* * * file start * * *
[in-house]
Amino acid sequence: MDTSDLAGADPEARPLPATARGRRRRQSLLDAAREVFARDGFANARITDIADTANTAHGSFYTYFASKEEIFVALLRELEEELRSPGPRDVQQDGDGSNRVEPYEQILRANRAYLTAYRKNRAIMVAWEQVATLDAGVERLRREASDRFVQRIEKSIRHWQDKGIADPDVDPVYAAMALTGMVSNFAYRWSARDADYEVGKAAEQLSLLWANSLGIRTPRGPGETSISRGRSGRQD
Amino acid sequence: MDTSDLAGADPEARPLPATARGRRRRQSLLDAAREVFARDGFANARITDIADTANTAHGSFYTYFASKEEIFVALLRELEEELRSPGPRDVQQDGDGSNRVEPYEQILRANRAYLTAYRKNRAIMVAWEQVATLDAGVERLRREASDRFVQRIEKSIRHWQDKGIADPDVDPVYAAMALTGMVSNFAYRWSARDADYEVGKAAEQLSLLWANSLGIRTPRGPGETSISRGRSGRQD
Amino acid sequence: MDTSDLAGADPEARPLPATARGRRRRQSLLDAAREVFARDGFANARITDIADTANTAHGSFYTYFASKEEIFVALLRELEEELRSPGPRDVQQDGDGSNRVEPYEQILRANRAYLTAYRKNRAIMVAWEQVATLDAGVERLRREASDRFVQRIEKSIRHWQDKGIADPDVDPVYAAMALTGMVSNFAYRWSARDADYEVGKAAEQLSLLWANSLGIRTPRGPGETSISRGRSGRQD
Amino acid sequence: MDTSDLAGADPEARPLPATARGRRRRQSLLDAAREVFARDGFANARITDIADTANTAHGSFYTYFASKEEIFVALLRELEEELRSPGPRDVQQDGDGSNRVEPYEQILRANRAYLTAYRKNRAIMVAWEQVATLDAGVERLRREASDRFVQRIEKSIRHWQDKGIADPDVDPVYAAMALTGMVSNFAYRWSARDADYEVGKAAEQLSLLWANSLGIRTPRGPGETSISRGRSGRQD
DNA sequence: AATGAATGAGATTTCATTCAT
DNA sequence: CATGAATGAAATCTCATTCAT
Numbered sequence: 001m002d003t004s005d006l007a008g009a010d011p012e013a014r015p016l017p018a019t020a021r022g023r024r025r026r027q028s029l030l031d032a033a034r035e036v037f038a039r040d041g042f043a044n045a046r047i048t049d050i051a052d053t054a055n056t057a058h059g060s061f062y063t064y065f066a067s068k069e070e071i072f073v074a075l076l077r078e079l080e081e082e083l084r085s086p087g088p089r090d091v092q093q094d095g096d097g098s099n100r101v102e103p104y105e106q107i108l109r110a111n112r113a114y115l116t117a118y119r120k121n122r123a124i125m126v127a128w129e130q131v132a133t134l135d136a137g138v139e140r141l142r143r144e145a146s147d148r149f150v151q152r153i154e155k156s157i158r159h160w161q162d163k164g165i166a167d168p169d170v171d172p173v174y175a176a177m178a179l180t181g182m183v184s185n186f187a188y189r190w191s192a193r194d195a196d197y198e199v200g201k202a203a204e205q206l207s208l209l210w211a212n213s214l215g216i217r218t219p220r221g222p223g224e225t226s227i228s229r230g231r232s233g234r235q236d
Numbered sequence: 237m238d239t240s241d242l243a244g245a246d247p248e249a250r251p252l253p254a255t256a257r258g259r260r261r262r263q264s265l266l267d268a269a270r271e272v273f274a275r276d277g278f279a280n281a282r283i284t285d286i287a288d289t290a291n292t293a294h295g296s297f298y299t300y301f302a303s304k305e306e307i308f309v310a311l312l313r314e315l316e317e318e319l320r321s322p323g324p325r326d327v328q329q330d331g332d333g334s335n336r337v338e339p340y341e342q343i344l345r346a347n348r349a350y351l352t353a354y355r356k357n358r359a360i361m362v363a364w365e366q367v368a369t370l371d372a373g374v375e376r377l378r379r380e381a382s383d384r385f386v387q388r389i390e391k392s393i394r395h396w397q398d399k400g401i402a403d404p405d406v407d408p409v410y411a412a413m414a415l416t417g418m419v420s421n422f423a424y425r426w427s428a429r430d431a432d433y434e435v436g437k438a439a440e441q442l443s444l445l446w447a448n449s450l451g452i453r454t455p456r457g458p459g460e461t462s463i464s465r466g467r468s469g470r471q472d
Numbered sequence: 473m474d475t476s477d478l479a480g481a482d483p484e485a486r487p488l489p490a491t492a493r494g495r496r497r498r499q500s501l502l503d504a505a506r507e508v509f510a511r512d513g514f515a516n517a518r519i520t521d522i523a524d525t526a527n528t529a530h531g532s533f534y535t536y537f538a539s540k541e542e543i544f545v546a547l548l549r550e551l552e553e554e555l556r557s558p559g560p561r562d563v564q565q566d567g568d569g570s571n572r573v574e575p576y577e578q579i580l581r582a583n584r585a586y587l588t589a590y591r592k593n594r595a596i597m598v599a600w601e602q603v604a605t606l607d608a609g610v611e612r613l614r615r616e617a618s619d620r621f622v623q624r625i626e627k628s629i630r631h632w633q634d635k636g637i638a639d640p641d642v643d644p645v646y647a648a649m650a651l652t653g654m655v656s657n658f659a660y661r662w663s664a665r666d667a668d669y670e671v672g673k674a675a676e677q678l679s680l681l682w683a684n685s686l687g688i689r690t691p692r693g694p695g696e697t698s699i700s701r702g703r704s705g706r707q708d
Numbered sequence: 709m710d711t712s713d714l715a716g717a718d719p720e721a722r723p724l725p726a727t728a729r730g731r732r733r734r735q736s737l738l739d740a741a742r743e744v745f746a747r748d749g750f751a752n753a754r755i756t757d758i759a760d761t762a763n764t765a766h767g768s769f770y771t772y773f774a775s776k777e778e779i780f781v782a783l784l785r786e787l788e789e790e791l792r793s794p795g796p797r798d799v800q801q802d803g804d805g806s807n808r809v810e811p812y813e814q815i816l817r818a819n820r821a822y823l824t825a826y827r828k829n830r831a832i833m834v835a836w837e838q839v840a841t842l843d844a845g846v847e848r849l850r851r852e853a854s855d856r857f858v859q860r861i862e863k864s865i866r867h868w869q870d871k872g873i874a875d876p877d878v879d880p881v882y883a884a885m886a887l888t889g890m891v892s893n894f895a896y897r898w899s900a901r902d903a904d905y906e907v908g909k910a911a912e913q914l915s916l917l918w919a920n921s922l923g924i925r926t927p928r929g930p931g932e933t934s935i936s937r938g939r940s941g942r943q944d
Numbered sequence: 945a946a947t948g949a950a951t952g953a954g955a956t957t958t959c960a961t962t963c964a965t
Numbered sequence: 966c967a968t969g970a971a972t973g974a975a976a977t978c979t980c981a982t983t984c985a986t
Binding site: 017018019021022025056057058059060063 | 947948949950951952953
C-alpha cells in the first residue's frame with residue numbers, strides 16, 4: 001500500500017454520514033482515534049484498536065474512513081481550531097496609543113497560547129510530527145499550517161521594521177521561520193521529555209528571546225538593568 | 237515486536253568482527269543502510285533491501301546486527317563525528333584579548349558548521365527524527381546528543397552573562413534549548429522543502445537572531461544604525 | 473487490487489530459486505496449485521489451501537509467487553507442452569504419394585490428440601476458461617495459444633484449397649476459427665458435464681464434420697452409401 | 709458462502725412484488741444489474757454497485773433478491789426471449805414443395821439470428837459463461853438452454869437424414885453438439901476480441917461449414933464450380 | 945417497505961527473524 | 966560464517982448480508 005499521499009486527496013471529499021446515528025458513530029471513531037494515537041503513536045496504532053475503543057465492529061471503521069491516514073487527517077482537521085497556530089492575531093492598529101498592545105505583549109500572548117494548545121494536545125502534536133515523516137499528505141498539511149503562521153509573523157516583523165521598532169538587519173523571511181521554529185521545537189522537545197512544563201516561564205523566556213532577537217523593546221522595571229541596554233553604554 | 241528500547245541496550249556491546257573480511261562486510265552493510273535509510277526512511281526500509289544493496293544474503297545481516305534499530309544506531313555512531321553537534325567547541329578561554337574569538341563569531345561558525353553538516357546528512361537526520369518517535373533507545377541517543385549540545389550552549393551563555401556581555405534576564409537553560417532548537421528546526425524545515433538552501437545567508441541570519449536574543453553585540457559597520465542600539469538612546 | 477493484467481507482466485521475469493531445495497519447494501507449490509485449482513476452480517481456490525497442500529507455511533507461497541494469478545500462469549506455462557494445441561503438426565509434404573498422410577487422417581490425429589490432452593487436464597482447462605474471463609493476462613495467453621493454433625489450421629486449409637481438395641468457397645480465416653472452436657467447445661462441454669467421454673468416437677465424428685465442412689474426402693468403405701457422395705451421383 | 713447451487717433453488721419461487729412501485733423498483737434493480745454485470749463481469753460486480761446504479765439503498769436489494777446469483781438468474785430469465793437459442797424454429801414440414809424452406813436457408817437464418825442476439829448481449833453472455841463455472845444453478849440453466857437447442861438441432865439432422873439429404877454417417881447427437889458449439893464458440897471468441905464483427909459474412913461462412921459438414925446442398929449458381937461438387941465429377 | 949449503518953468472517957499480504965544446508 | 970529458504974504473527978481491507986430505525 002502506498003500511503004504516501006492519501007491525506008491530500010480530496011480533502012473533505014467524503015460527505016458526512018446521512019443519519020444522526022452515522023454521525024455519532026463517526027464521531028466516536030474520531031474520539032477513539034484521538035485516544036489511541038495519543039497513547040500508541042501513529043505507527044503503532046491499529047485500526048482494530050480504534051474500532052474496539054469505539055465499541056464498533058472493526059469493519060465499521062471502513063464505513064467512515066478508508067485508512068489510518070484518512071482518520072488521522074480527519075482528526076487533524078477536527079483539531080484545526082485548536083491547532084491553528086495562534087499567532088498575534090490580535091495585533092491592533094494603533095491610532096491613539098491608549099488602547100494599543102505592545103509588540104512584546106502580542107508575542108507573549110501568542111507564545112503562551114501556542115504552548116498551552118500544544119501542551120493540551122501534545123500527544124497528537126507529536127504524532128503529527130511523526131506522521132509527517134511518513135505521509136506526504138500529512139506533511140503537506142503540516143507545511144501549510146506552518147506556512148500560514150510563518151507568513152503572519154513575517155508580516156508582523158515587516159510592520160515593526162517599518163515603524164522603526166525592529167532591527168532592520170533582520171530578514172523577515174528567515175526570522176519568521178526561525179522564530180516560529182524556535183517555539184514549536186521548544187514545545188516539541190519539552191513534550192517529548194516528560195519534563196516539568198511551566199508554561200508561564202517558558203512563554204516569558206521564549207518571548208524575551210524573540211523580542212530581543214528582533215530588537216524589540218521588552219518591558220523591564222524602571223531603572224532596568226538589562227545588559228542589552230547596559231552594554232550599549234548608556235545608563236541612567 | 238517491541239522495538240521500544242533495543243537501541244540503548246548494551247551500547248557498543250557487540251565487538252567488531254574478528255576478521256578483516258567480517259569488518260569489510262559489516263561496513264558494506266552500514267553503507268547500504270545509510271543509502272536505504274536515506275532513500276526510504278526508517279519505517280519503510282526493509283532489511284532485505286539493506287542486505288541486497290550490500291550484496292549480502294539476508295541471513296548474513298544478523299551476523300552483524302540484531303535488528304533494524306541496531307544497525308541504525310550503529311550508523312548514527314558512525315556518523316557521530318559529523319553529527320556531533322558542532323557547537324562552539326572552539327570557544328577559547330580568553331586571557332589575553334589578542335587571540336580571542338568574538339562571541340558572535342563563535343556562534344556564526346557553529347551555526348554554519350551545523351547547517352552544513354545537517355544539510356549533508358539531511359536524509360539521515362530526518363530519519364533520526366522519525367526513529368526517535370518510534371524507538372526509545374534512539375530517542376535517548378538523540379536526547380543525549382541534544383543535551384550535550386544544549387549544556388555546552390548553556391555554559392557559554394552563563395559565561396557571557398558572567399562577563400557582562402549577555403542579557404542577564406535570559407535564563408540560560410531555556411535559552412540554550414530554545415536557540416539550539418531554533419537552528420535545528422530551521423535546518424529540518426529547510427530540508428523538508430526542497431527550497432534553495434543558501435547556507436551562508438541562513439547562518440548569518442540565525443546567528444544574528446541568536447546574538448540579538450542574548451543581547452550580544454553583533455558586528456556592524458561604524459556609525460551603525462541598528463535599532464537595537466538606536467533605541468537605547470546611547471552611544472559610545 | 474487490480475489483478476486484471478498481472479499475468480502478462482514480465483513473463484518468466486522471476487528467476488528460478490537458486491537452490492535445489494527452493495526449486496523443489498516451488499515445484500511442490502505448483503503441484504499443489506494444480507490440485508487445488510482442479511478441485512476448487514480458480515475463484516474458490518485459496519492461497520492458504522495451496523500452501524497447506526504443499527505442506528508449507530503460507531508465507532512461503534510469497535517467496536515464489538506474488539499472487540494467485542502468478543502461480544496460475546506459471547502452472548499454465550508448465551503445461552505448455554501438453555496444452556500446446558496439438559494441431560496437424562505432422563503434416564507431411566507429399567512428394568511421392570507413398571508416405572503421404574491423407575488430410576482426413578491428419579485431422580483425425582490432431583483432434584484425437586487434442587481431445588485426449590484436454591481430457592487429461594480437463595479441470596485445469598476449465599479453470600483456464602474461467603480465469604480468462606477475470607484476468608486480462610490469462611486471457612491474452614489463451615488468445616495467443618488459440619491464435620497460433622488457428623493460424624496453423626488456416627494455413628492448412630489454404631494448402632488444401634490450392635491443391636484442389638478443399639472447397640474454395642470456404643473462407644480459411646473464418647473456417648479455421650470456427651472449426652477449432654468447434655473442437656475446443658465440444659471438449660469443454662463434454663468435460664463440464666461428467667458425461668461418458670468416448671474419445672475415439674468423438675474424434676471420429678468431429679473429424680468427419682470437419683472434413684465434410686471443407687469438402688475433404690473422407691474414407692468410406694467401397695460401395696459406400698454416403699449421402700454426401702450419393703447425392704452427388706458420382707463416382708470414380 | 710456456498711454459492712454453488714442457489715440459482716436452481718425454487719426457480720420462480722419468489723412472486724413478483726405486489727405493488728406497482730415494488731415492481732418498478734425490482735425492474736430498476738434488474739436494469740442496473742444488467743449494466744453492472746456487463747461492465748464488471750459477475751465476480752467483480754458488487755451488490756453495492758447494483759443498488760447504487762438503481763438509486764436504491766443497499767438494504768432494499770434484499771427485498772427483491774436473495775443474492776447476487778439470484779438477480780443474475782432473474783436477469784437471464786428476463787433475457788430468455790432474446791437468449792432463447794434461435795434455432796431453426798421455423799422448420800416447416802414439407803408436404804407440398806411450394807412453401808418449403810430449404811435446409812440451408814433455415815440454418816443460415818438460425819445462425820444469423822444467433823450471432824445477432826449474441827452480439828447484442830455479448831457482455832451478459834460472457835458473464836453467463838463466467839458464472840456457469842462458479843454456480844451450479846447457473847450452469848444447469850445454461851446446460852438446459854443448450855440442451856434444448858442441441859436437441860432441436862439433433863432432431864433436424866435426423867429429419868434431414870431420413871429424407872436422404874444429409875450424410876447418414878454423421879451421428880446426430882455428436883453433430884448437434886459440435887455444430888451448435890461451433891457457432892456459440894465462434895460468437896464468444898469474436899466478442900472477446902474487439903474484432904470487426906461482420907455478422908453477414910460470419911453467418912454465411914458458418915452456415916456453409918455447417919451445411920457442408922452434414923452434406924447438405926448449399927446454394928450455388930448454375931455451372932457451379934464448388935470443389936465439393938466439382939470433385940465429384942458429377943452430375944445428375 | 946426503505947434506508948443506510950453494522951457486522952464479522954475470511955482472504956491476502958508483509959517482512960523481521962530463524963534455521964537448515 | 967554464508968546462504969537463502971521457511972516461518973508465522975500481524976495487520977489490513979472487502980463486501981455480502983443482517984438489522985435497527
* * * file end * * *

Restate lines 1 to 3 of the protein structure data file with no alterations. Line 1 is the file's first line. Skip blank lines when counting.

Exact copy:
[in-house]
Amino acid sequence: MDTSDLAGADPEARPLPATARGRRRRQSLLDAAREVFARDGFANARITDIADTANTAHGSFYTYFASKEEIFVALLRELEEELRSPGPRDVQQDGDGSNRVEPYEQILRANRAYLTAYRKNRAIMVAWEQVATLDAGVERLRREASDRFVQRIEKSIRHWQDKGIADPDVDPVYAAMALTGMVSNFAYRWSARDADYEVGKAAEQLSLLWANSLGIRTPRGPGETSISRGRSGRQD
Amino acid sequence: MDTSDLAGADPEARPLPATARGRRRRQSLLDAAREVFARDGFANARITDIADTANTAHGSFYTYFASKEEIFVALLRELEEELRSPGPRDVQQDGDGSNRVEPYEQILRANRAYLTAYRKNRAIMVAWEQVATLDAGVERLRREASDRFVQRIEKSIRHWQDKGIADPDVDPVYAAMALTGMVSNFAYRWSARDADYEVGKAAEQLSLLWANSLGIRTPRGPGETSISRGRSGRQD